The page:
He nodded again. She came to a knowledge of Aminta's favourite colours through the dwelling of his look on orange and black, deepest rose, light yellow, light blue. Her grand-daughters won the satisfied look if they wore a combination touching his memory. The rocky are not imaginative, and have to be struck from without for a kindling of them. Submissive though she was to court and soothe her brother Rowsley, a spur of jealousy burned in the composition of her sentiments, to set her going. He liked visiting Mrs. Lawrence Finchley at her effaced good man's country seat, Brockholm in Berkshire, and would stay there a month at a time. Lady Charlotte learnt why. The enthusiast for Aminta, without upholding her to her late lord, whom she liked well, talked of her openly with him, confessed to a fondness for her. How much Mrs. Lawrence ventured to say, Lady Charlotte could not know. But rivalry pushed her to the extreme of making Aminta partially a topic; and so ready was he to follow her lead in the veriest trifles recalling the handsome runaway; that she had to excite his racy diatribes against the burgess English and the pulp they have made of a glorious nation, in order not to think him inclining upon dotage.

Philippa's occasional scoff in fun concerning 'grandmama's tutor,' hurt Lady Charlotte for more reasons than one, notwithstanding the justification of her fore-thoughtfulness. The girl, however, was privileged; she was Bobby Benlew's dearest friend, and my lord loved the boy; with whom nothing could be done at school, nor could a tutor at Olmer control him. In fine, Bobby saddened the family and gained the earl's anxious affection by giving daily proofs of his being an Ormont in a weak frame; patently an Ormont, recurrently an invalid. His moral qualities hurled him on his physical deficiencies. The local doctor and Dr. Rewkes banished him twice to the seashore, where he began to bloom the first week and sickened the next, for want of playfellows, jolly fights and friendships. Ultimately they prescribed mountain air, Swiss air, easy travelling to Switzerland, and several weeks of excursions at the foot of the Alps. Bobby might possibly get an aged tutor, or find an English clergyman taking pupils, on the way.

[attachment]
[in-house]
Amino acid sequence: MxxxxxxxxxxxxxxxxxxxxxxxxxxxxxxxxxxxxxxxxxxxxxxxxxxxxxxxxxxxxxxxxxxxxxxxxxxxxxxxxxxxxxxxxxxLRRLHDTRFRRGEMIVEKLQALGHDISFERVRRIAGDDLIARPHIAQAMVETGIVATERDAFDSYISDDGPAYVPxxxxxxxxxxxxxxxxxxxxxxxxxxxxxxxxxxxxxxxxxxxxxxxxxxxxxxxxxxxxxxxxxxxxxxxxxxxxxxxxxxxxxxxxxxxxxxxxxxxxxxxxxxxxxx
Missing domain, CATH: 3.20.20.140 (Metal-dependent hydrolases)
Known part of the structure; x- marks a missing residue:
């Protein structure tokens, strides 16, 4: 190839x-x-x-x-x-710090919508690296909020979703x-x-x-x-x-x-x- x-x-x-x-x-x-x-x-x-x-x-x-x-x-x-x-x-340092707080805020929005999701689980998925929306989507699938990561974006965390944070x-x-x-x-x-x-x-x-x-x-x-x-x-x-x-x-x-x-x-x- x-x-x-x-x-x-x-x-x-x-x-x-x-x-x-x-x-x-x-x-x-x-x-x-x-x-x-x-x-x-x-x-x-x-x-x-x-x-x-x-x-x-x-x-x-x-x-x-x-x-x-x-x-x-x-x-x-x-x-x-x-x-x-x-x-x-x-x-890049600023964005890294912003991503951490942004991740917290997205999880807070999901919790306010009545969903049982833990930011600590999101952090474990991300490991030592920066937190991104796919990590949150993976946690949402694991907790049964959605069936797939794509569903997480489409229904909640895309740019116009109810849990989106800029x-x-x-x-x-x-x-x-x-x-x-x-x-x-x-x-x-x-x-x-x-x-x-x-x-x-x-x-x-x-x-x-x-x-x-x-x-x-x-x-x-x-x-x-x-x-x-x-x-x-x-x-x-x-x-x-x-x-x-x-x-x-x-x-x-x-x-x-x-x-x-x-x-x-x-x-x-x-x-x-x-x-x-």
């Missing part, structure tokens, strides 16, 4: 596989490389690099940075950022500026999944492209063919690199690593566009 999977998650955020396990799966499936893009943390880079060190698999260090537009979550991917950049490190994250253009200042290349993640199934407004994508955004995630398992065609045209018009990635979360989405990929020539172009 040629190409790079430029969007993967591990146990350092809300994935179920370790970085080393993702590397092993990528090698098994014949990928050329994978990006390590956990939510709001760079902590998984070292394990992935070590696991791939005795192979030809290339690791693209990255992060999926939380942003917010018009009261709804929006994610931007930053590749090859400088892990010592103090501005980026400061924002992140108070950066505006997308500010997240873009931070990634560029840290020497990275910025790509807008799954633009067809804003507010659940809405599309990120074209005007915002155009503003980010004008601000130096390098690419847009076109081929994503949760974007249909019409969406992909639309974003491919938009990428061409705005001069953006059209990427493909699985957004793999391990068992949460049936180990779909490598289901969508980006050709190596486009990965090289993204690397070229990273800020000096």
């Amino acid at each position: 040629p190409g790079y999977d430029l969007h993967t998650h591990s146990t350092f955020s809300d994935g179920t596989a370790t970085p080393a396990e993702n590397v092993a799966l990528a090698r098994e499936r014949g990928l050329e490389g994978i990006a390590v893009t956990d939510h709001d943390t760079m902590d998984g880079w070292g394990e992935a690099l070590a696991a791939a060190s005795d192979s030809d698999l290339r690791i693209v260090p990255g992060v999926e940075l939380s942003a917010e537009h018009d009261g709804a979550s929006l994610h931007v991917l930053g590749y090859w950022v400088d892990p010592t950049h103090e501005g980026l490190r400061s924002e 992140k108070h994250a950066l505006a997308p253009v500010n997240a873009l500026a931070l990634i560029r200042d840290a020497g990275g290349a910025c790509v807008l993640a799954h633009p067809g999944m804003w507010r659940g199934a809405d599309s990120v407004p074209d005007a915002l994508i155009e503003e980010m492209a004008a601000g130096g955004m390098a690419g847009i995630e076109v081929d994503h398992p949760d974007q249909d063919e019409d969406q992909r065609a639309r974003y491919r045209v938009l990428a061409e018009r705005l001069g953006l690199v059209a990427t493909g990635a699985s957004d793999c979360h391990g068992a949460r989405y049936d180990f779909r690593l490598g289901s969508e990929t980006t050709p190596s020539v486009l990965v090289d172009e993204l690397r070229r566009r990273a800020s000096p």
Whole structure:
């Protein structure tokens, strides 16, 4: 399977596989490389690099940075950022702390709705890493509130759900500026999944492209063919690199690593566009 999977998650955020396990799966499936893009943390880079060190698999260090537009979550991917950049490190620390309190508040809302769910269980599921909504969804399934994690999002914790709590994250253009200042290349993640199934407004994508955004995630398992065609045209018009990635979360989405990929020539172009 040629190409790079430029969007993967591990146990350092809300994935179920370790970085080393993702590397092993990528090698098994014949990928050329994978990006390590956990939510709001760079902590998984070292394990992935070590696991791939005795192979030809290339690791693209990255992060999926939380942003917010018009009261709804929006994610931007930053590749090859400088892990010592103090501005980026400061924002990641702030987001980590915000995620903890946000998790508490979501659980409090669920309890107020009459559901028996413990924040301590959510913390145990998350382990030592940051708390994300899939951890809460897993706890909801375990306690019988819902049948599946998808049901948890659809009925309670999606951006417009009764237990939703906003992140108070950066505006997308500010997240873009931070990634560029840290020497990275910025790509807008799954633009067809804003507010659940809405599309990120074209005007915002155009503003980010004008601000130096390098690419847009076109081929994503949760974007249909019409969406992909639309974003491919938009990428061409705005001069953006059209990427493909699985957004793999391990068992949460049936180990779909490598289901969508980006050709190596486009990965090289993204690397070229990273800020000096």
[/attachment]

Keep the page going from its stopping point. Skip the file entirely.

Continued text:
Thus it happened, that seven years after his bereavement, Lord Ormont and Philippa and Bobby were on the famous Bernese Terrace, grandest of terrestrial theatres where soul of man has fronting him earth's utmost majesty. Sublime: but five minutes of it fetched sounds as of a plug in an empty phial from Bobby's bosom, and his heels became electrical.

He was observed at play with a gentleman of Italian complexion. Past guessing how it had come about, for the gentleman was an utter stranger. He had at any rate the tongue of an Englishman. He had the style, too, the slang and cries and tricks of an English schoolboy, though visibly a foreigner. And he had the art of throwing his heart into that bit of improvised game, or he would never have got hold of Bobby, shrewd to read a masker.